Abstract: This paper constructs a new series of monetary policy surprises for the United Kingdom and estimates their effects on macroeconomic and financial variables, employing a high-frequency identification procedure. First, using local projections methods, we find that monetary policy has persistent effects on real interest rates and breakeven inflation. Second, employing our series of surprises as an instrument in a SVAR, we show that monetary policy affects economic activity, prices, the exchange rate, exports, and imports. Finally, we implement a test of overidentifying restrictions, which exploits the availability of the narrative series of monetary policy shocks computed by Cloyne and Huertgen (2014), and find no evidence that either set of shocks contains any ‘endogenous’ response to macroeconomic variables.
    Keywords: Monetary policy transmission; external instrument; high-frequency identification; structural VAR; local projections.
    JEL: E31 E32 E43 E44 E52 E58
    Date: 2016–08–02
  12. By: Daniele Siena (Banque de France)
    Abstract: The role of news shocks in international business cycles is first evaluated using a structural factor-augmented VAR model (FAVAR). An international FAVAR model is shown to be necessary to recover the correct news shocks in open economies, except the US, without incurring in the ‘non-fundamentalness’ problem. Then, a standard two-country, two-good real business cycle model, featuring news shocks, investment adjustment costs and variable wealth elasticity of the labor supply is used to match and explain the empirical evidence. News shocks are only marginal drivers of international business cycles synchronization.
    Date: 2017
  13. By: Corsetti, Giancarlo; Mavroeidi, Eleonora; Thwaites, Gregory; Wolf, Martin
    Abstract: We study how small open economies can escape from deflation and unemployment in a situation where the world economy is permanently depressed. Building on the framework of Eggertsson et al. (2016), we show that the transition to full employment and at-target inflation requires real and nominal depreciation of the exchange rate. However, because of adverse income and valuation effects from real depreciation, the escape can be beggar thy self, raising employment but actually lowering welfare. We show that as long as the economy remains financially open, domestic asset supply policies or reducing the effective lower bound on policy rates may be ineffective or even counterproductive. However, closing domestic capital markets does not necessarily enhance the monetary authorities’ ability to rescue the economy from stagnation.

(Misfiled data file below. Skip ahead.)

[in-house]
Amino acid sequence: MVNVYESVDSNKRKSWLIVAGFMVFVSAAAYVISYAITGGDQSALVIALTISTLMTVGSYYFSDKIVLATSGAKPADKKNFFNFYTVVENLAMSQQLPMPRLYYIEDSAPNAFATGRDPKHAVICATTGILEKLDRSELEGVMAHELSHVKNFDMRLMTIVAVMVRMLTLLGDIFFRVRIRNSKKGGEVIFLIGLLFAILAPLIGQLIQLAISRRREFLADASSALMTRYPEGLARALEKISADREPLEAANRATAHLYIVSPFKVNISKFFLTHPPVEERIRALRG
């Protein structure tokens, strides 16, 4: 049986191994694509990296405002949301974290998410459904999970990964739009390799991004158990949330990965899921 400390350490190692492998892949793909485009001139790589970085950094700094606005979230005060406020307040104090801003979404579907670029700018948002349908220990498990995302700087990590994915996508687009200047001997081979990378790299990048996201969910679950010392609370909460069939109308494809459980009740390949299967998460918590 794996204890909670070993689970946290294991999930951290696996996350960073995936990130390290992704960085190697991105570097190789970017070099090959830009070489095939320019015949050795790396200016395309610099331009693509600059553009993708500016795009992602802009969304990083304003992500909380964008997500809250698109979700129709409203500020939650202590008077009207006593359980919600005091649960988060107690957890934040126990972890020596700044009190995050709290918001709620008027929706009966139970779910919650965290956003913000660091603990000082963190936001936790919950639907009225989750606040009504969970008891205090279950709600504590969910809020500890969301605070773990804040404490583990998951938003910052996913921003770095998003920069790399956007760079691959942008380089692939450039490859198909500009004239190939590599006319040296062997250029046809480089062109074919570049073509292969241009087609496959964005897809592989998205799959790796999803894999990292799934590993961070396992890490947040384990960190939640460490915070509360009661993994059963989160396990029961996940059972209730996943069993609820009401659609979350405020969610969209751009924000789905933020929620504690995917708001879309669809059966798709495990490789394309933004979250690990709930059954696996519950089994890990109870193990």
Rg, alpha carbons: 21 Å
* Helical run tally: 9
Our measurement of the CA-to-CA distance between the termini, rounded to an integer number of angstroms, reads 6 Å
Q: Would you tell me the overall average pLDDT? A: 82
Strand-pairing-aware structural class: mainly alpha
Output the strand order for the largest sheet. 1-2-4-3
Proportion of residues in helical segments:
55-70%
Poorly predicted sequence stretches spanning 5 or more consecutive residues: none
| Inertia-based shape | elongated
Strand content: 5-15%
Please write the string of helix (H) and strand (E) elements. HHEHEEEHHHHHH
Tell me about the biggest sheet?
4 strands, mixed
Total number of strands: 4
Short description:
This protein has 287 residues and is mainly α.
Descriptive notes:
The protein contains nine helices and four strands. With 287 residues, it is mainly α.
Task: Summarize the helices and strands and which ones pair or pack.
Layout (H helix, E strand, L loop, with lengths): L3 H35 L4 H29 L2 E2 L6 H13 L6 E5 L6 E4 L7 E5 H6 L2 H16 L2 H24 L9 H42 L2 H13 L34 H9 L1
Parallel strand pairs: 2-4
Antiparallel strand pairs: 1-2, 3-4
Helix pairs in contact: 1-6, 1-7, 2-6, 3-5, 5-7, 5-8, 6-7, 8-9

Keywords: Monetary policy; zero lower bound; deflation; depreciation; beggar-thy-neighbour; capital controls
    JEL: E62 F41
    Date: 2017–05–31
  14. By: Mariarosaria Comunale (Bank of Lithuania)
    Abstract: In this paper, we examine the relationships between real, credit and house price cycles, by using a synchronicity index, and structural characteristics and macroeconomic variables of 17 EU countries. We find that the cycles between credit variables and the real cycle with the property or equity prices cycles seem relatively well synchronised. Credit and GDP fluctuations seem to be less synchronised, mostly because credit volumes tend to lag the real cycle by several quarters. The high rates of private homeownership tend to be associated with larger cycles in GDP, credit, and house prices. Higher Loan-To-Value ratios, seen as a proxy of borrowing constraints, and a higher percentage of flexible rate mortgages, could also indicate that a country is more sensitive to shocks and possibly increase pro-cyclicality and increase cycle volatility. Finally, the pro-cyclicality of the credit and housing market to the GDP cycle can be linked to the fluctuation in current accounts and their misalignments with respect to the theoretical equilibrium value. The synchronicity and the cycles of credit may also be considered for signaling recessions.